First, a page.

Obesity: a growing problem in South Africa and Sweden

Health promotion in South Africa presents challenges different to those here at home. “One difference in the process is that we work very closely with communities. If we fail to gain the support of the members of the community, we get nowhere,” says Zoleka Soji, researcher at Nelson Mandela University in Port Elizabeth.

Zoleka Soji.
Zoleka Soji, researcher at Nelson Mandela
University in Port Elizabeth.
Photo: Gunilla Sthyr

She is an associate professor in the field of social development professions, with many years of experience in social work in disadvantaged areas of South Africa.

In her research, she is seeking a viable path and sustainable approach to preventing ill health in society.  Obesity, as well as type 2 diabetes and cardiovascular disease, are growing problems in South Africa.  

A community is a group of people with a strong sense of cohesion, a tribe and/or a small group in society, and it is within these groups that Soji believes preventive health efforts must begin.

Little trust in researchers

In South Africa, one problem is that public trust in researchers and academics is low.

“A lot of people feel abused and do not believe in changes instituted by us, as academics. They don’t trust us; they think we just come in and gather information and data about them – but then nothing happens.  So, to get anywhere, we have to get the communities behind us.

“A community and its members also have to believe that they can create change,” says Soji and refers to a slogan that students have used at demonstrations: “Nothing for us, without us.”

For this reason, extensive field work is conducted in many projects directly with the families and their communities.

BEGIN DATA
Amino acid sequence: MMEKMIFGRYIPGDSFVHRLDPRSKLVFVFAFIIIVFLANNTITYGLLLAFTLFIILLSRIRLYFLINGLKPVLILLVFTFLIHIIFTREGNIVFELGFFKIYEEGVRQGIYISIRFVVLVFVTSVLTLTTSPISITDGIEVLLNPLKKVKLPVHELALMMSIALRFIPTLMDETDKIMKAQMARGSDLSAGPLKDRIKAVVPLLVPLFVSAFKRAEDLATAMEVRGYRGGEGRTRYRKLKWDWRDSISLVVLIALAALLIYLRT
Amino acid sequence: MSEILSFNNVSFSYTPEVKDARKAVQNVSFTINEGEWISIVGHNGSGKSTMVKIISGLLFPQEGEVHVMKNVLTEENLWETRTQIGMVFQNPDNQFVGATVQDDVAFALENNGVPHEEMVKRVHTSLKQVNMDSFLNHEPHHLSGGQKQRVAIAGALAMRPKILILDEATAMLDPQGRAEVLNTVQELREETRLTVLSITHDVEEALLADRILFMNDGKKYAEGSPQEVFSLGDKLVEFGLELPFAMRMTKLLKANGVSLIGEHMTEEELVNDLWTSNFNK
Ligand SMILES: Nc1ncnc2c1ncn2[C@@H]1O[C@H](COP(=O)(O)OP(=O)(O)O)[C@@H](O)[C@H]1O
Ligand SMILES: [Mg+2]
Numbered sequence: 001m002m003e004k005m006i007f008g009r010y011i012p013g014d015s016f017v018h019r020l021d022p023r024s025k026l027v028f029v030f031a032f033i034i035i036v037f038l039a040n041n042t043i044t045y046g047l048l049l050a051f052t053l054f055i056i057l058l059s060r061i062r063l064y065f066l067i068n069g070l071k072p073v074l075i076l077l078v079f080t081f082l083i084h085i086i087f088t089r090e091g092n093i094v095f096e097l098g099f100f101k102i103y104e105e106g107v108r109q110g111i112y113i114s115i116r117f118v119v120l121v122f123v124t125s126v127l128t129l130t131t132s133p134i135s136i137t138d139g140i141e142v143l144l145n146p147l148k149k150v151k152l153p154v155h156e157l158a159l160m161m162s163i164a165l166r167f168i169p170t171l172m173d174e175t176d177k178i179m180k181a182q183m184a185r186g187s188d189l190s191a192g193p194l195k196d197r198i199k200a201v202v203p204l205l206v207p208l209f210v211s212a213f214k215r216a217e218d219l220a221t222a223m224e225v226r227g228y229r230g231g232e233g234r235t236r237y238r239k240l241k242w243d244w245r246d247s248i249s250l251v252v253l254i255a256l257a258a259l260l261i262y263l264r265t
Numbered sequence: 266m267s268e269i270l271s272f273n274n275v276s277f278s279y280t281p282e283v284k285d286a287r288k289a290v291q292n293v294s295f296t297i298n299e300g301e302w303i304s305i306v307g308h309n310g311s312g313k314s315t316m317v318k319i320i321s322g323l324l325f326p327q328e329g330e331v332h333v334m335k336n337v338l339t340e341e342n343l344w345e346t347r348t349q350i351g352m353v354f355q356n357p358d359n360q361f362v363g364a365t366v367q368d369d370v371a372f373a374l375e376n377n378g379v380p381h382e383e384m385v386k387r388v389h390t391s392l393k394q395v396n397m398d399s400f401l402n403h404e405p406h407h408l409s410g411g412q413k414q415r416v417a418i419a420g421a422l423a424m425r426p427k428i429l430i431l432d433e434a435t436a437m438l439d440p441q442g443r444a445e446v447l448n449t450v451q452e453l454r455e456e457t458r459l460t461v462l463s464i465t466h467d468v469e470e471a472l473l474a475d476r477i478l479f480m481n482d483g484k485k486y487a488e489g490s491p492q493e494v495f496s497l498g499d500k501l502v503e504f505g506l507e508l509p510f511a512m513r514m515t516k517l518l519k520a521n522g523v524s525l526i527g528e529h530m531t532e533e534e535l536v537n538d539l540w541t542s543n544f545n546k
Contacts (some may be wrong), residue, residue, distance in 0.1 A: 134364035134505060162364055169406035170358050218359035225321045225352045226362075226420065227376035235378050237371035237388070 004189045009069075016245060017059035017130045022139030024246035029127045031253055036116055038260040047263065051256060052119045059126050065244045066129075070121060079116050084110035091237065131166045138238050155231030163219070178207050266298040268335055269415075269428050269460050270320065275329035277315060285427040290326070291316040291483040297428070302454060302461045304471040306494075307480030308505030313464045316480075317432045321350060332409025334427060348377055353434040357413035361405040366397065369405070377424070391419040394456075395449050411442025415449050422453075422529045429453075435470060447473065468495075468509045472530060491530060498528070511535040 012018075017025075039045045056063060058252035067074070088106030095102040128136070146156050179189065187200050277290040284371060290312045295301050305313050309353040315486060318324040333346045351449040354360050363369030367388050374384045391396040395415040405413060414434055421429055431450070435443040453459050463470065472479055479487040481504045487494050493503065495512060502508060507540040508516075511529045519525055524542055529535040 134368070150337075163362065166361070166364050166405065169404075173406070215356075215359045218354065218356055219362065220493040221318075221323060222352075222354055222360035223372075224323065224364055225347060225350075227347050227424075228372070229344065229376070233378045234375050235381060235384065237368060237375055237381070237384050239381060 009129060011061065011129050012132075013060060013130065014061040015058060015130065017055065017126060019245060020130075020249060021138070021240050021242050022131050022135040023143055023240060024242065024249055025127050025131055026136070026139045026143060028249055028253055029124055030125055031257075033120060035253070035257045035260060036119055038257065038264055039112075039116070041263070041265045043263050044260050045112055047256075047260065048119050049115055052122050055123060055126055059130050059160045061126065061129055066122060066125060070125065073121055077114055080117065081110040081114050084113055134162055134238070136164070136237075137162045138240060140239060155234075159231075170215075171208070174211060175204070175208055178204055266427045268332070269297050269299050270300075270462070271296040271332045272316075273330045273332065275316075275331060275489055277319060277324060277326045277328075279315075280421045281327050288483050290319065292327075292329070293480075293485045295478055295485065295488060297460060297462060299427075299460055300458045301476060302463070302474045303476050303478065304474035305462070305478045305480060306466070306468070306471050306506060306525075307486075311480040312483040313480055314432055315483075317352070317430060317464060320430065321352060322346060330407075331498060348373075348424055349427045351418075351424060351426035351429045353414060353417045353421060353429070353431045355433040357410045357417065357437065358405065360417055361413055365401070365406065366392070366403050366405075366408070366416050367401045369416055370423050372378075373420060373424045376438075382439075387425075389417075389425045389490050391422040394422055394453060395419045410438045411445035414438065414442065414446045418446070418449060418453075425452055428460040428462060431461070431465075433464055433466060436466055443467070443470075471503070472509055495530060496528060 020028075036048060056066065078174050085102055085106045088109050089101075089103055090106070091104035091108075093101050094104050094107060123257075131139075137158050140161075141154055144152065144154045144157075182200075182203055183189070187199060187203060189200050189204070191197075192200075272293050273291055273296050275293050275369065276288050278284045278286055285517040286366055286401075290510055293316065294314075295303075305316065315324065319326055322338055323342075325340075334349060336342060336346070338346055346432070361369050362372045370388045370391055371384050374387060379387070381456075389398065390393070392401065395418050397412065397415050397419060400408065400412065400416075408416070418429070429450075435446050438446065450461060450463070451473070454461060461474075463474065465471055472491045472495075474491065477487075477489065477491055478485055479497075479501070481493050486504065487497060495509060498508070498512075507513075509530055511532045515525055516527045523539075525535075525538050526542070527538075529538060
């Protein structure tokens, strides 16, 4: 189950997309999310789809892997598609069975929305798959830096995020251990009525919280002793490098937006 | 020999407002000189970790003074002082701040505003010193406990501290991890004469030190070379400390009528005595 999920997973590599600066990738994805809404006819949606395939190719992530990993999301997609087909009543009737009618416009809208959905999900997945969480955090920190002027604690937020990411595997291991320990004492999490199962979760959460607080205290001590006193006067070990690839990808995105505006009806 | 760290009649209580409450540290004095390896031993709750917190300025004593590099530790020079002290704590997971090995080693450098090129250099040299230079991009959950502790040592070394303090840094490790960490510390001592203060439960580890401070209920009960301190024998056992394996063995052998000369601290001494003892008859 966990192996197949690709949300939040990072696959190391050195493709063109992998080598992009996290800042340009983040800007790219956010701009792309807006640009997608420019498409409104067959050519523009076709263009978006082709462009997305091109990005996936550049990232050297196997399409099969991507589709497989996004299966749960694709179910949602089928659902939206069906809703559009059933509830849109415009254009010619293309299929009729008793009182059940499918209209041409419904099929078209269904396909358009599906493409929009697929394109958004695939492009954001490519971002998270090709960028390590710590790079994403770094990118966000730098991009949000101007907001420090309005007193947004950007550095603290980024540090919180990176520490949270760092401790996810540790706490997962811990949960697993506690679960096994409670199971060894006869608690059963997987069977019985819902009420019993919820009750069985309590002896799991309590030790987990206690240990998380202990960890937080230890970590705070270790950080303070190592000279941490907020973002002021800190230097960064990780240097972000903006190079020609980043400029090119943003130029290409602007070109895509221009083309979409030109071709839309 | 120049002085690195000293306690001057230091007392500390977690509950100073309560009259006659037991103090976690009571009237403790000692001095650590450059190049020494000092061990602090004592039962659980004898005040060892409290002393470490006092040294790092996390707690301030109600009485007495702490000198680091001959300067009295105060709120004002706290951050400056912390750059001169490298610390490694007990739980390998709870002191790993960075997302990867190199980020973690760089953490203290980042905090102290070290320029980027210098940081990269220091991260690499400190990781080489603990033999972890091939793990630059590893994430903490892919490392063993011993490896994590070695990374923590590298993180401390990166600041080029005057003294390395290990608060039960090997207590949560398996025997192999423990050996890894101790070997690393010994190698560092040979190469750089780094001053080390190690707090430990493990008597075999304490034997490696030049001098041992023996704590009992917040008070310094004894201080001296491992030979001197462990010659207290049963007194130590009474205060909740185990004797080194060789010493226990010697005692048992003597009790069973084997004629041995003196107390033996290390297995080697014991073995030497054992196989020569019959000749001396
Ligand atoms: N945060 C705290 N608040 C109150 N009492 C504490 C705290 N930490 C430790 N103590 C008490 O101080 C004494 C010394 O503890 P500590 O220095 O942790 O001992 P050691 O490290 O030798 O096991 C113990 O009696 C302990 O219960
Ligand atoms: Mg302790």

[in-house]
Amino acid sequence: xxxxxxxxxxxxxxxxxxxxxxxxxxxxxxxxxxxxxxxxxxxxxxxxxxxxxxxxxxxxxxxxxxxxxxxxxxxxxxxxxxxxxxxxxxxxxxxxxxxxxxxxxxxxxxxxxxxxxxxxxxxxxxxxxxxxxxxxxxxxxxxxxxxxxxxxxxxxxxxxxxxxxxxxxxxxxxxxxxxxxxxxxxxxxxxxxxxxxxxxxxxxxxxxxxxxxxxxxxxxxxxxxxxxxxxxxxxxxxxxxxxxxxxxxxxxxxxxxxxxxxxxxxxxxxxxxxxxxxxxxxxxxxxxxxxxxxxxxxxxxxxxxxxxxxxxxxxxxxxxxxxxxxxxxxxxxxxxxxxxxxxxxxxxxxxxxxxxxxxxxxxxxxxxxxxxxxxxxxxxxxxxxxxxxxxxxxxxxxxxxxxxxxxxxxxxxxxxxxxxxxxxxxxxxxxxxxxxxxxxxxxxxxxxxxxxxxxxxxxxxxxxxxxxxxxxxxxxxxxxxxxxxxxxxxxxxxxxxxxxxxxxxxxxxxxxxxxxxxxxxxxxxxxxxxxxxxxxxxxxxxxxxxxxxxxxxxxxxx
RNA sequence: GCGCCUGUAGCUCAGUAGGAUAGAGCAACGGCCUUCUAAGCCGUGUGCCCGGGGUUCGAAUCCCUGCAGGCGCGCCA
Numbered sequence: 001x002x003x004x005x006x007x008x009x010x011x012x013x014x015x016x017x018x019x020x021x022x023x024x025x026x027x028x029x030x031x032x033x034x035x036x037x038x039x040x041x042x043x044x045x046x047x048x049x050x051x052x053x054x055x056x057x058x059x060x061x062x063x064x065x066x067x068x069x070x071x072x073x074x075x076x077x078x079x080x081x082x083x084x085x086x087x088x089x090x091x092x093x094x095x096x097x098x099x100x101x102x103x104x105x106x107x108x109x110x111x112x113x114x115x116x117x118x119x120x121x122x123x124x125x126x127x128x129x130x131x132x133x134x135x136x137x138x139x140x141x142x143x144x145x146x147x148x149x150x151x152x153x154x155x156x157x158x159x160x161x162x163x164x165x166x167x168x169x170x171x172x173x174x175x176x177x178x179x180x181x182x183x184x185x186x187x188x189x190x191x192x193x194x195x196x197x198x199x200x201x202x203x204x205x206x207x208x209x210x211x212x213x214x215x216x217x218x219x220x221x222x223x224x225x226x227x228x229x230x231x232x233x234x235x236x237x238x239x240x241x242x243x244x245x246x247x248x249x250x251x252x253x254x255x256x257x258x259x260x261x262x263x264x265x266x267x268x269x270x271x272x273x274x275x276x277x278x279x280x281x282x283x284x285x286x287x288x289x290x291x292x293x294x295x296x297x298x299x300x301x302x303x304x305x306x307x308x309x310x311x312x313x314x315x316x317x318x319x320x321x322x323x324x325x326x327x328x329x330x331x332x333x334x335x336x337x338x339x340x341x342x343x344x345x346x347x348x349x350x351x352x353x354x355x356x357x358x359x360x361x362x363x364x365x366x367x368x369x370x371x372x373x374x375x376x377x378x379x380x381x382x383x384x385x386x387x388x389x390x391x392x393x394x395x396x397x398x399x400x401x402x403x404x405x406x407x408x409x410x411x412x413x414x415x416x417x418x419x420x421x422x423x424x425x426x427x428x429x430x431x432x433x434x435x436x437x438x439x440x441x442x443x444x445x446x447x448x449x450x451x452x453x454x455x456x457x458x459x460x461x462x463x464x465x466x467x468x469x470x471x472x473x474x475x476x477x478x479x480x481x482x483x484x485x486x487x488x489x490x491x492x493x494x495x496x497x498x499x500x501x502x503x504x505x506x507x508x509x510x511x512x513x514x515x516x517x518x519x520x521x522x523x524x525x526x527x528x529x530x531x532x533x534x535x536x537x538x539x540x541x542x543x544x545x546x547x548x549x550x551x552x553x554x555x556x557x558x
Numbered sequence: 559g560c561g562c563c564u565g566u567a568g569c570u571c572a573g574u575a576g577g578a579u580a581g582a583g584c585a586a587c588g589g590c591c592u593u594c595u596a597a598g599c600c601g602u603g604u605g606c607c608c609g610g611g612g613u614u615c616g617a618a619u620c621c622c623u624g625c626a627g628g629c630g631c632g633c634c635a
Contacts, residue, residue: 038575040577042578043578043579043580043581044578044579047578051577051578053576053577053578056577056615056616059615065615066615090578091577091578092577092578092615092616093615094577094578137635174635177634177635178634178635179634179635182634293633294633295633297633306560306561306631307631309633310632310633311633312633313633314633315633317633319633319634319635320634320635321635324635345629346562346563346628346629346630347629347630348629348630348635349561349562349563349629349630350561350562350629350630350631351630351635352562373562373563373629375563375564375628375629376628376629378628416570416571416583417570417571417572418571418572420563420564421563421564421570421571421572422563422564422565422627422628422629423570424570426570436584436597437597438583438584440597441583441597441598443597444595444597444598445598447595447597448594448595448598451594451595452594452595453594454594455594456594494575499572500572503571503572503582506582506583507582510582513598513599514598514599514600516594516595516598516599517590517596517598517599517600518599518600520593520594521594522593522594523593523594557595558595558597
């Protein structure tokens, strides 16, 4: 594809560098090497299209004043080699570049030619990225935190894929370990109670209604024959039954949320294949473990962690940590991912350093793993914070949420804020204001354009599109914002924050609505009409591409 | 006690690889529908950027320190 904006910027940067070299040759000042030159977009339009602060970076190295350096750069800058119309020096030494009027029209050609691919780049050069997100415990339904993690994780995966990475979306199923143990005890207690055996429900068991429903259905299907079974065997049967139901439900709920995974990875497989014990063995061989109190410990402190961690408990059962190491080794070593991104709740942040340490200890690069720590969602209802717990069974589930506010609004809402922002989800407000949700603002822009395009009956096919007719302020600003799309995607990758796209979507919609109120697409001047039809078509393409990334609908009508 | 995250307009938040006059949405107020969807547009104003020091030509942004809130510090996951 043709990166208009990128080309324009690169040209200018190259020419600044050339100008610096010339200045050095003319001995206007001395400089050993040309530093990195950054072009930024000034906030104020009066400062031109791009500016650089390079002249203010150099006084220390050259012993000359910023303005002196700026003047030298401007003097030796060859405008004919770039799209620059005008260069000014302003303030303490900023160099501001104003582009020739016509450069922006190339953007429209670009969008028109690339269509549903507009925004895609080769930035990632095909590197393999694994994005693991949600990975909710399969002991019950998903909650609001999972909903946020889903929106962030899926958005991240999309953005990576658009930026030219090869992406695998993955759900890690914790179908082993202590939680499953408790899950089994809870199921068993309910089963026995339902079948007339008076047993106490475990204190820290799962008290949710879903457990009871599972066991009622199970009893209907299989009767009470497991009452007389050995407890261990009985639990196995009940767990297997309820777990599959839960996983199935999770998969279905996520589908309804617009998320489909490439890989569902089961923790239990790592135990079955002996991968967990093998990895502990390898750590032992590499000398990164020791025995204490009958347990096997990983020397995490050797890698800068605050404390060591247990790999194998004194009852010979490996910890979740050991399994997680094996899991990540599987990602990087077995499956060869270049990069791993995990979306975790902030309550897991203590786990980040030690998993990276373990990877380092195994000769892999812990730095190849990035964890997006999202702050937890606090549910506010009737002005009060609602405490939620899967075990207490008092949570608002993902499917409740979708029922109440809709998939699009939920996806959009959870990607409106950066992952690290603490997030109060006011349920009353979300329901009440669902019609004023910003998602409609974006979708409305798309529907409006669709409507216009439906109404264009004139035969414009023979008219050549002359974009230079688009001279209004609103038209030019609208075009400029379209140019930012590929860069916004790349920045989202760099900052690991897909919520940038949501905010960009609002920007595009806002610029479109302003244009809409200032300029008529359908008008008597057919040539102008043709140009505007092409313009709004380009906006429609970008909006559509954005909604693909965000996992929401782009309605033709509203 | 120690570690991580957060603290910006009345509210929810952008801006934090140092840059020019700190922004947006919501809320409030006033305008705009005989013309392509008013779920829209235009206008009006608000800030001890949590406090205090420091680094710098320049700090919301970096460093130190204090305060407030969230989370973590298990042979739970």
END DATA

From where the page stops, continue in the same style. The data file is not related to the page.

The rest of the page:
“It is a sort of ‘bottom-up’ perspective that starts with them.”

SASUF
The South Africa Sweden University Forum (SASUF) project was launched with a conference in South Africa in May 2018. Photo: Gunilla Sthyr

Can learn a lot from each other

Thirty universities in Sweden and South Africa are collaborating in the SASUF project. Uppsala University is one of them. Soji sees both similarities and differences between the two countries and believes that we have a lot to learn from each other.

Obesity and overweight, among children especially, is a serious health problem in both countries. A sugar tax was recently introduced by the South African government, but acceptance of the tax is low among the population, who live in deprived circumstances and usually can afford only the cheapest food, which contains a lot of sugar.

“The sugar tax impacts people who already feel downtrodden in society. So, it is a huge task to educate people and generate understanding that this decision is good for us in order to promote health,” says Soji. A great deal is won by gaining the trust of local leaders, who are a key group in communities.

Spreading interest in exercise

Soji is also curious about how Sweden managed to spread interest in movement and exercise. South Africans have a more sedentary lifestyle, according to Soji, which has resulted in many overweight people and an increase in the number of related diseases.

“People in South Africa say that physical activities are expensive and are only for a select group – but it doesn’t have to be that way.  There are many activities that cost nothing, as I have seen in Sweden.”

What can Sweden learn from South Africa?
“Community-based work. Healthcare in Sweden seems to be ‘top-down’ much of the time, while we put great emphasis on involving all citizens in the effort.”

 

Facts

  • One out of five children in Sweden is overweight. That is ten times more than one generation ago.
  • Two out of three Swedish schoolchildren are in the WHO category “physically inactive” – which puts Sweden among the most inactive countries in Europe.

The South Africa – Sweden University Forum (SASUF)
SASUF is an international collaboration among 23 South African universities and seven Swedish universities. Uppsala University is the coordinator. The project will run until the end of 2020, with the overall aim of developing research collaborations and supporting young researchers.  The UN's 17 Sustainable Development Goals are the framework of the project in six different research areas.

The project was formally opened with a large conference in South Africa in May 2018, where about a thousand researchers, funders, decision-makers and other stakeholders participated in seminars in various locations in the country.

 

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